In the last in our series, a cider farmer who has never left Britain tells Charles Nevin that if you give up, you've had it ...
From INTELLIGENT LIFE magazine, January/February 2012
In sharp contrast to the Queen, with her 300 trips overseas, Frank Naish has never left the country. In the past 60 years, Frank has not spent a night out of Somerset. Ask if he has ever been on holiday, and Frank, standing in his farmyard, below the home cider orchard, with Glastonbury Tor in finest moody mode to the west, considers for a moment before replying, “Yes, when I was in the army.” That was 1943.
Frank is 87 now. Mementoes of his working life are spread about the farm, including a gallery of tractors: Frank’s father got their first one, a Fordson Standard, in 1945. Before that it was horses, but you will get no sentiment about them from Frank: “tractors don’t get tired, do ’em?”
On one side of the farmyard is the store where the apple juice lies fermenting: Frank goes right up to the limit of 7,000 litres of cider a year that small makers are allowed free of duty. Next door is the 19th-century ratchet double-screw press which he finally gave up using three years ago.
It was a year before that that Frank stopped hand-picking apples from the ground and switched to a machine. Back-breaking work, half a tonne of apples in a day, no gloves—“gloves is no good for picking!”—often on icy November days as well as russet-hued autumn ones. Frank used to get up at 4am every day to hand-milk the farm’s dairy herd: “The milk lorry used to come at eight, but if we weren’t quite ready I’d go up the side to have half a glass of cider.” Frank gets up at six now, and likes a glass with his supper. But he can remember when everybody drank a lot more, like the day he and his brother, Harold, and a friend were haymaking, and got through five gallons.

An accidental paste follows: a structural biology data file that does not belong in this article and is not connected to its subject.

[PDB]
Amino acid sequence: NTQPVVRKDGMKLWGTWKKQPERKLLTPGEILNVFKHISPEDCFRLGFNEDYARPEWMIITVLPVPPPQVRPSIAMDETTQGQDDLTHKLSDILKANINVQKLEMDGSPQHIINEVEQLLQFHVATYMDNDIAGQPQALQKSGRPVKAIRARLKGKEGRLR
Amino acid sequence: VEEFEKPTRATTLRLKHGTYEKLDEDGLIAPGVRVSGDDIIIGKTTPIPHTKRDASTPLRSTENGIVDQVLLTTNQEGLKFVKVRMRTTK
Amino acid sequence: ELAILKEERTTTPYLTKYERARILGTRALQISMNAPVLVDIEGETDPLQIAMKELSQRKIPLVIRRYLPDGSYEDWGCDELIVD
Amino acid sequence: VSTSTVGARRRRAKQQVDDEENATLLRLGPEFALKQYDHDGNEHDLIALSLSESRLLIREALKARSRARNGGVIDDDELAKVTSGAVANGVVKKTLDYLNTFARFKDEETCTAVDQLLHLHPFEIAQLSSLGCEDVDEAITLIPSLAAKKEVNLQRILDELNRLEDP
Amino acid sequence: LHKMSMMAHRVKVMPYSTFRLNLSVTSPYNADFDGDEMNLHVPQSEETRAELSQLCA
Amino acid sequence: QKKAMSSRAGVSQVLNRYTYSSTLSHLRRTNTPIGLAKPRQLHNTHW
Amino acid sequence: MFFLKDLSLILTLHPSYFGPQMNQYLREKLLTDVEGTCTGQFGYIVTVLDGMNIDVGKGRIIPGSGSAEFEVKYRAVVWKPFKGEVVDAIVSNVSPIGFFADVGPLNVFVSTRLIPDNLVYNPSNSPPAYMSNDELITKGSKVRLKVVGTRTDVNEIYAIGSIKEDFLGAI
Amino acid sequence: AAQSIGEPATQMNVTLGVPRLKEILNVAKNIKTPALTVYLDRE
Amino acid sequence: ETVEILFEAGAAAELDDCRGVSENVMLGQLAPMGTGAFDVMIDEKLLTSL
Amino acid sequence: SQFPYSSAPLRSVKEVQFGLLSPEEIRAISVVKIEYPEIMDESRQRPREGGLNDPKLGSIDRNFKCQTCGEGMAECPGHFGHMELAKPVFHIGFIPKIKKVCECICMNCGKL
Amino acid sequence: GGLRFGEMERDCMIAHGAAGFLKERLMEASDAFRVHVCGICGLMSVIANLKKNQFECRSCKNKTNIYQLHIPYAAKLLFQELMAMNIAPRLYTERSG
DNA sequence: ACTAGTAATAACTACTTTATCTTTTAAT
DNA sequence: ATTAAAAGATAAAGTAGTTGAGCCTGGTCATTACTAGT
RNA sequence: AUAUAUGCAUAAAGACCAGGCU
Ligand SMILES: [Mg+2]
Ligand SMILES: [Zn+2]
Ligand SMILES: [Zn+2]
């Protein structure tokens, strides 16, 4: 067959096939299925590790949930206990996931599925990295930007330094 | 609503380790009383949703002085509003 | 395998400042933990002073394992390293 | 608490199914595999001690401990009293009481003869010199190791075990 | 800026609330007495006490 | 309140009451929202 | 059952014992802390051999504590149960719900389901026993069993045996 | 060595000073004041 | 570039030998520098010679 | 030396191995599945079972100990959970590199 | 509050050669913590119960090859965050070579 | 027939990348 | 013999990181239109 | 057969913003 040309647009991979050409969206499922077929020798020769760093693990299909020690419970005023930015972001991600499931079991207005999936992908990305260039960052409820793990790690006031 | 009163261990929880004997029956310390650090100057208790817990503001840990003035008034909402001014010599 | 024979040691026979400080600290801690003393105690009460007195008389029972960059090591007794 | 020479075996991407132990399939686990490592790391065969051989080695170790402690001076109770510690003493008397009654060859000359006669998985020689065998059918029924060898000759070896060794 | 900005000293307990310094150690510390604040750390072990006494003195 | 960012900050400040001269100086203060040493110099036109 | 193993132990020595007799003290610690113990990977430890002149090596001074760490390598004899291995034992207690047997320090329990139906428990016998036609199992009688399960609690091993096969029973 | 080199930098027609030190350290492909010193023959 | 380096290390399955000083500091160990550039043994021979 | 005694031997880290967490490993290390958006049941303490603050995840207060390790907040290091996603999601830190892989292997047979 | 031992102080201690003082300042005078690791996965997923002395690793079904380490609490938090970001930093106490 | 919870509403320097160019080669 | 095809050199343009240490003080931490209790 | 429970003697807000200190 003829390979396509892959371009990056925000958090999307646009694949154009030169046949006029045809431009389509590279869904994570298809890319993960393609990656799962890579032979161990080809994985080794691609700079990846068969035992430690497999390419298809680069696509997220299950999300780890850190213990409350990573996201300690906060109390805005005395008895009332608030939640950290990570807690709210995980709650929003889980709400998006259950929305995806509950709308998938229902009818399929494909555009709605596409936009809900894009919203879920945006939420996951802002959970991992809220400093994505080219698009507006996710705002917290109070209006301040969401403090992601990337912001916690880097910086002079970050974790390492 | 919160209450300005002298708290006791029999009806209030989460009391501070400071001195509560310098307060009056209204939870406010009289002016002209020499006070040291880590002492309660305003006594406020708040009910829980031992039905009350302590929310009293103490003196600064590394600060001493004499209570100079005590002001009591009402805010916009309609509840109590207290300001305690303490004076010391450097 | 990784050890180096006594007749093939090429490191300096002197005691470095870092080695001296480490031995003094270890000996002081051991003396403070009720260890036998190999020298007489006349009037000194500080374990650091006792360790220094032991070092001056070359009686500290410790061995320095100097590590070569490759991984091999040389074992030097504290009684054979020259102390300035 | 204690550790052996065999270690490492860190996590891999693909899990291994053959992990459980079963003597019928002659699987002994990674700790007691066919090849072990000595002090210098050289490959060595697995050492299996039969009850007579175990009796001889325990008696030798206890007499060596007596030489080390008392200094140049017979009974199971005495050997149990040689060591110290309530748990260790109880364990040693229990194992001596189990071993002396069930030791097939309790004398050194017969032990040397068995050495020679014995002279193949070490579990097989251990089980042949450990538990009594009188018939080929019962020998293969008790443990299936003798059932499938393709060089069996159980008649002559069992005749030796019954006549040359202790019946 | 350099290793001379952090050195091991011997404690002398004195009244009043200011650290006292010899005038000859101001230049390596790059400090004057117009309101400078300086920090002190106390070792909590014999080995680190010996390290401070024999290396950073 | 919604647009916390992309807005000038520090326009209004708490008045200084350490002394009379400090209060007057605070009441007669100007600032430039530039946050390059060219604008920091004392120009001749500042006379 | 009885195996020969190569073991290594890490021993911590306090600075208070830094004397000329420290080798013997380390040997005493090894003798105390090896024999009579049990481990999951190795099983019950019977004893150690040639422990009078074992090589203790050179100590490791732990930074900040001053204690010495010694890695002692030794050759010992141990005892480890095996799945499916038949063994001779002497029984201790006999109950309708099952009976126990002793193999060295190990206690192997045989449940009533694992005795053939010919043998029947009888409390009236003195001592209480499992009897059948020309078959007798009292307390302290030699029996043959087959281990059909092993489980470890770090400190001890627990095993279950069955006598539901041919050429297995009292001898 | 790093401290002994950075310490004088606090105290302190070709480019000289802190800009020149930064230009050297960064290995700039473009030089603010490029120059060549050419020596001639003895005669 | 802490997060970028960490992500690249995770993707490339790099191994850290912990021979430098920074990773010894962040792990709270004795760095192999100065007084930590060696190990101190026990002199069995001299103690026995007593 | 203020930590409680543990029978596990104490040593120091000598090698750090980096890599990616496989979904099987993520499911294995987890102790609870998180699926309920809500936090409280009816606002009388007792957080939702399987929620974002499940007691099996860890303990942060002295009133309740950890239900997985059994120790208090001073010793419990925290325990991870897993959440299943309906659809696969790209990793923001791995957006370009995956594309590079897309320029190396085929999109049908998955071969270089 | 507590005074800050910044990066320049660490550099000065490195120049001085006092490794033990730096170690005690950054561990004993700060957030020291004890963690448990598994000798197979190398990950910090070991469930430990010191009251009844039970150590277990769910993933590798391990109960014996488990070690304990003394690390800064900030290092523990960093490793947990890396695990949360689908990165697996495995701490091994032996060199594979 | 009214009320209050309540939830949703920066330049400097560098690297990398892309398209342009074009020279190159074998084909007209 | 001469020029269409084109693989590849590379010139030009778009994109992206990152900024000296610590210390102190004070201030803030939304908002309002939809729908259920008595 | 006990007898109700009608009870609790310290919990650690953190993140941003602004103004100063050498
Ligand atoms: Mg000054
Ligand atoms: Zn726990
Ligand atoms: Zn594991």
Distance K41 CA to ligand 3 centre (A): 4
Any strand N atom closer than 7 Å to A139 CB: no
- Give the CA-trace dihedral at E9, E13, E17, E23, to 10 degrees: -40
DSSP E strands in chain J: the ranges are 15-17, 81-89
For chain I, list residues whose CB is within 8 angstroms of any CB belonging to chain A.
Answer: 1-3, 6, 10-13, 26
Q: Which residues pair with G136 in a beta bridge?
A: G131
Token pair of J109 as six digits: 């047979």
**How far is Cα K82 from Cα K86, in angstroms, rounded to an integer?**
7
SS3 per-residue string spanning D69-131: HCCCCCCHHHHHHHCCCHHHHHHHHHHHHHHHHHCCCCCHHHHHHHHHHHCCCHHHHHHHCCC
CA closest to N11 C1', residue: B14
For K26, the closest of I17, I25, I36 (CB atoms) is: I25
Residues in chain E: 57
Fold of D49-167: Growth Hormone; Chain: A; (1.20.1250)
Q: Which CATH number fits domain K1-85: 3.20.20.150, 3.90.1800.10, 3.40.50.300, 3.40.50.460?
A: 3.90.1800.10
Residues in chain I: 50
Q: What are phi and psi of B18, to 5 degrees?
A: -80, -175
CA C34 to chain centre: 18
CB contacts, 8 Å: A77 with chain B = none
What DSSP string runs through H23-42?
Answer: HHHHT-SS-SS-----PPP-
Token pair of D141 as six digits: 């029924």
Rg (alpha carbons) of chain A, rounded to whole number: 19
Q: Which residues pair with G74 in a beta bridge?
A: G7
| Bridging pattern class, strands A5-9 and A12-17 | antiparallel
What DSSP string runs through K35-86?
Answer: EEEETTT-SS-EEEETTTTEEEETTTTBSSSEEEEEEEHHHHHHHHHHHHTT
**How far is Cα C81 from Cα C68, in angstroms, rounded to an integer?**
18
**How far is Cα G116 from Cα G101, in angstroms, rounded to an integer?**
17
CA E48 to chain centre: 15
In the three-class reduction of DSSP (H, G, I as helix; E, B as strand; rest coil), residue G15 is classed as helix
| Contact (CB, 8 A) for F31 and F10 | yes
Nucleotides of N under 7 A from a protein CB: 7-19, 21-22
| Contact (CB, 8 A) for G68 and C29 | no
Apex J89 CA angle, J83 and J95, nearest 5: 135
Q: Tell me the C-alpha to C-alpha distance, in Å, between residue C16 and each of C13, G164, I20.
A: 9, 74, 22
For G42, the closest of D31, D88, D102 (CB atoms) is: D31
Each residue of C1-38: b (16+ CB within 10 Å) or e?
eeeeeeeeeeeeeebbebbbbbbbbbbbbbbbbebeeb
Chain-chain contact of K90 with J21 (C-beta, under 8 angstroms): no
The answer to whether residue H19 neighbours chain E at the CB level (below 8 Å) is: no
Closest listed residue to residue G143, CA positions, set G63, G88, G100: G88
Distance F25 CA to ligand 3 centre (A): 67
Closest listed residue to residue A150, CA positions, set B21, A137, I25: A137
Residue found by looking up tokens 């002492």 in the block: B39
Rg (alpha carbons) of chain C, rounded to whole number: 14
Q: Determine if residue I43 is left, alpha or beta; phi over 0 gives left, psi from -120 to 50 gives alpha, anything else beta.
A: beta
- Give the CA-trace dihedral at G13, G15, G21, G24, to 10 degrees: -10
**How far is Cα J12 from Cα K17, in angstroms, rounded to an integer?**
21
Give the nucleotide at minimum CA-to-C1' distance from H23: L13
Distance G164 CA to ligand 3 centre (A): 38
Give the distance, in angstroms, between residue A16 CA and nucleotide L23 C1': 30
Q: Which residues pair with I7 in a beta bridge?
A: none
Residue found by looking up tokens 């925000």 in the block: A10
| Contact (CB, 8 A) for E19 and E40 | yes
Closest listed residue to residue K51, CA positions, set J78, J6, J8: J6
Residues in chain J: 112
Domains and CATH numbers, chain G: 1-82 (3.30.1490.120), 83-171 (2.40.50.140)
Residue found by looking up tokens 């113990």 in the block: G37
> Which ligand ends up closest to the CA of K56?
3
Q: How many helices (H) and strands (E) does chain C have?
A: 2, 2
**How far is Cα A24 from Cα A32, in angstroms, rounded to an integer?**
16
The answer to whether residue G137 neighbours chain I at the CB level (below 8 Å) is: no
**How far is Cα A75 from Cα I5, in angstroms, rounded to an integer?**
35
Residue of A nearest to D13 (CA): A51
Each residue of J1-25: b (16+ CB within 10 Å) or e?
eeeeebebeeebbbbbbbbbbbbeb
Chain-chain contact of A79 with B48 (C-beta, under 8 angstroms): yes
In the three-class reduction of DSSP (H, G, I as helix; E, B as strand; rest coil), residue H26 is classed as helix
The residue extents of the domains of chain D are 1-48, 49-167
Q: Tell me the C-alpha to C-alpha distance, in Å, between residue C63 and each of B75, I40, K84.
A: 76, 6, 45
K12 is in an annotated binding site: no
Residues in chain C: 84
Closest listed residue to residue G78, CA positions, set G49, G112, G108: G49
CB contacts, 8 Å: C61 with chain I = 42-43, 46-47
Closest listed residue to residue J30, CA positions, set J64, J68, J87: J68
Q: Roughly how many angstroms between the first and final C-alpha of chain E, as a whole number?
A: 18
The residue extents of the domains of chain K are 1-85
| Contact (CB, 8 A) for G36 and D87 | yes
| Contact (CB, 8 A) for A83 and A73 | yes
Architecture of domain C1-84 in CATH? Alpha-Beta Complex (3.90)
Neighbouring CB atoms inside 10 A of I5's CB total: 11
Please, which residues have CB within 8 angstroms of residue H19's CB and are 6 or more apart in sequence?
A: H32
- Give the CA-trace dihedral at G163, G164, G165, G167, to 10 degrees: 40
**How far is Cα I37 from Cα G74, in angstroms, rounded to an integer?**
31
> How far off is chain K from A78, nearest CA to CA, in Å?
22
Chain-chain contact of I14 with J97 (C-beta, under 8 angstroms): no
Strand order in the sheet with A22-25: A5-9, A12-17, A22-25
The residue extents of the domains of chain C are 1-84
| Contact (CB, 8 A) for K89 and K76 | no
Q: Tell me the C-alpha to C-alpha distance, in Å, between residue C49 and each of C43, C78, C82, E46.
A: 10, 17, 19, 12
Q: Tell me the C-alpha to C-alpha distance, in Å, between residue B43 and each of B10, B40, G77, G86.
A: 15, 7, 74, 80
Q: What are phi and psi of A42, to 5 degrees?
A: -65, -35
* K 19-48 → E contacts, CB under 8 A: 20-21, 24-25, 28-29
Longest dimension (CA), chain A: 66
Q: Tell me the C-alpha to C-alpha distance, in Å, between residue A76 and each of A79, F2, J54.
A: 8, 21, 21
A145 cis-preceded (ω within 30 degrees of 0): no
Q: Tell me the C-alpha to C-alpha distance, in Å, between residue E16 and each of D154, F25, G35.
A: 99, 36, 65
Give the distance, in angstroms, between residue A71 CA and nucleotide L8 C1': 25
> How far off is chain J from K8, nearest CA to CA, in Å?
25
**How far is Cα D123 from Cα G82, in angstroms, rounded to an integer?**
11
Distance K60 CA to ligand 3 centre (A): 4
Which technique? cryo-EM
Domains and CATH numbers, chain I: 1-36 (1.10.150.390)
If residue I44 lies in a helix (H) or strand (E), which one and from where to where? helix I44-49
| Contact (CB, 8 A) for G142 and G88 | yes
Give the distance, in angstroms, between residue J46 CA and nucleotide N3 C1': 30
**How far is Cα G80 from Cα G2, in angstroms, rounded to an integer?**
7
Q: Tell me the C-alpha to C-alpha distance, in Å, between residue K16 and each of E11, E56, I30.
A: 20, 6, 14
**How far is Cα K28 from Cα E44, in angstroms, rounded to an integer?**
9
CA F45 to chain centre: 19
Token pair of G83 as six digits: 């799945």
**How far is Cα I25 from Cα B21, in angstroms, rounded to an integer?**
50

That was a day; and there was the shove-halfpenny at the Tor Fair, and the time the German bomber came down the road from Glastonbury, firing, and he and Harold had to dive behind the apple trees, and the bomb bound for Bristol docks that dropped nearby and blew the lock off the door that’s only just been fixed. The army—“that were a soft job!”—even if he almost got blown up in Colchester, too. But it only lasted a few months before he got sent back to work the farm.
There was a girl, but Frank never married; nor did his brother. They worked together until Harold’s death five years ago: there is an unshakable sense of the old country ways, that Frank’s life could not have been any other. Now he has a younger partner, Paul Chant, also devoted to those ways. But not stuck in them: they have just introduced a new production line, involving an American press, an apple conveyor belt and a bath, to stop Frank bending too much.
At the last Bath & West country show, Frank was given a lifetime award for services to the cider industry, but he’s not stopping, because “if you give up, you’ve had it”. And there will have to be cider on the other side, because “twon’t be no good going otherwise”. He was presented with his award by Michael Eavis, his neighbour, of Worthy Farm and the Glastonbury Festival, who uses some of Frank’s land for grazing. Frank is treated as a VIP at the festival, enjoys the atmosphere if not the music, and last year met, among others, Maxi Jazz, the rapper, who was impressed.
Frank remembers the Queen and the Duke of Edinburgh at the Bath & West many years ago. Frank is an old Labour man, but he thinks the Queen is “a damn good queen…we’ve got to have a queen or king, otherwise we’ll have a dictator, won’t we?” But he’s not so sure of any comparison between his and his monarch’s working practices: “I wouldn’t know about that…I expect she’s got servants, hasn’t she?”
Charles Nevin is a freelance writer who spent 25 years on Fleet Street. He is the author of "The Book of Jacks"
Photograph by Nick Ballon